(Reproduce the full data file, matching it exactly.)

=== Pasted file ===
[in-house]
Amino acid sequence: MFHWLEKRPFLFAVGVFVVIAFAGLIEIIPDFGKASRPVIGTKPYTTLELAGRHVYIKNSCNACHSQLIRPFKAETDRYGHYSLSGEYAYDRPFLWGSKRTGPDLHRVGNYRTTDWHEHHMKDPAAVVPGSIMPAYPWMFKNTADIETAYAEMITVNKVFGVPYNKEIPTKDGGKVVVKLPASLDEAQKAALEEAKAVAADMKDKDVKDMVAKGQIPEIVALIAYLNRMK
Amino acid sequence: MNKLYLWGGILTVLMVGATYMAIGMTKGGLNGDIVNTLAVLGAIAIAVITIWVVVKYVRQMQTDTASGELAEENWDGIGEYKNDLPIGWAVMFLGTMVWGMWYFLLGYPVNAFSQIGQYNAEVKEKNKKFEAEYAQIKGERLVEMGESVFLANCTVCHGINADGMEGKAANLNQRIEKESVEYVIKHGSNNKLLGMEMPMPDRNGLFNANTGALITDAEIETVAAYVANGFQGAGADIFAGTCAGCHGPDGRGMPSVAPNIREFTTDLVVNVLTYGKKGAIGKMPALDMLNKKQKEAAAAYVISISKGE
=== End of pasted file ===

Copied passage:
[in-house]
Amino acid sequence: MFHWLEKRPFLFAVGVFVVIAFAGLIEIIPDFGKASRPVIGTKPYTTLELAGRHVYIKNSCNACHSQLIRPFKAETDRYGHYSLSGEYAYDRPFLWGSKRTGPDLHRVGNYRTTDWHEHHMKDPAAVVPGSIMPAYPWMFKNTADIETAYAEMITVNKVFGVPYNKEIPTKDGGKVVVKLPASLDEAQKAALEEAKAVAADMKDKDVKDMVAKGQIPEIVALIAYLNRMK
Amino acid sequence: MNKLYLWGGILTVLMVGATYMAIGMTKGGLNGDIVNTLAVLGAIAIAVITIWVVVKYVRQMQTDTASGELAEENWDGIGEYKNDLPIGWAVMFLGTMVWGMWYFLLGYPVNAFSQIGQYNAEVKEKNKKFEAEYAQIKGERLVEMGESVFLANCTVCHGINADGMEGKAANLNQRIEKESVEYVIKHGSNNKLLGMEMPMPDRNGLFNANTGALITDAEIETVAAYVANGFQGAGADIFAGTCAGCHGPDGRGMPSVAPNIREFTTDLVVNVLTYGKKGAIGKMPALDMLNKKQKEAAAAYVISISKGE